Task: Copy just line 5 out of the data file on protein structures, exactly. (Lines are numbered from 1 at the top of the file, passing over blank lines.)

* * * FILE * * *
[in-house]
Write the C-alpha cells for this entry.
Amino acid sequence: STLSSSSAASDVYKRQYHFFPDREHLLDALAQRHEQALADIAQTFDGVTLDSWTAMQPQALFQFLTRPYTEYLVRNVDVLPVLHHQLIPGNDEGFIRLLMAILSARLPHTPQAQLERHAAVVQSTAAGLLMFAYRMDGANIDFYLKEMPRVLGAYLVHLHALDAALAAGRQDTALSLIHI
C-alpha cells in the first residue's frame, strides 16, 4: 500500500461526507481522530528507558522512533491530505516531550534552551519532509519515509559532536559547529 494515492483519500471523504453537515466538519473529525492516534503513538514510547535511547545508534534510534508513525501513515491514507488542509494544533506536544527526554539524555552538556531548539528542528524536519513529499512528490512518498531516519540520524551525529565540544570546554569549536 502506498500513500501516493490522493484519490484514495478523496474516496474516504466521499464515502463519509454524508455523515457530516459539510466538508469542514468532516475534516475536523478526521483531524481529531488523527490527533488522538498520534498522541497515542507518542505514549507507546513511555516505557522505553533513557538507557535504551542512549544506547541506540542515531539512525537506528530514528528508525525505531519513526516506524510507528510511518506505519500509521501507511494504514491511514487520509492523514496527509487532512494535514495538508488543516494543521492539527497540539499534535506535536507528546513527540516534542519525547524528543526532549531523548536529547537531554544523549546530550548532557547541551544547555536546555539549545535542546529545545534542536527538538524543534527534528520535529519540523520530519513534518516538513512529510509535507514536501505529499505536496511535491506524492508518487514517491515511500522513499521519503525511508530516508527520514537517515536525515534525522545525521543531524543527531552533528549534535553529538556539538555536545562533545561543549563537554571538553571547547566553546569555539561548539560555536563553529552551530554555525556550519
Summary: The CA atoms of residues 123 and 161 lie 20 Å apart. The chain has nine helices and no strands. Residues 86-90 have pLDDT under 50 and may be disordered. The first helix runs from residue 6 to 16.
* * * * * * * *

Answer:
Summary: The CA atoms of residues 123 and 161 lie 20 Å apart. The chain has nine helices and no strands. Residues 86-90 have pLDDT under 50 and may be disordered. The first helix runs from residue 6 to 16.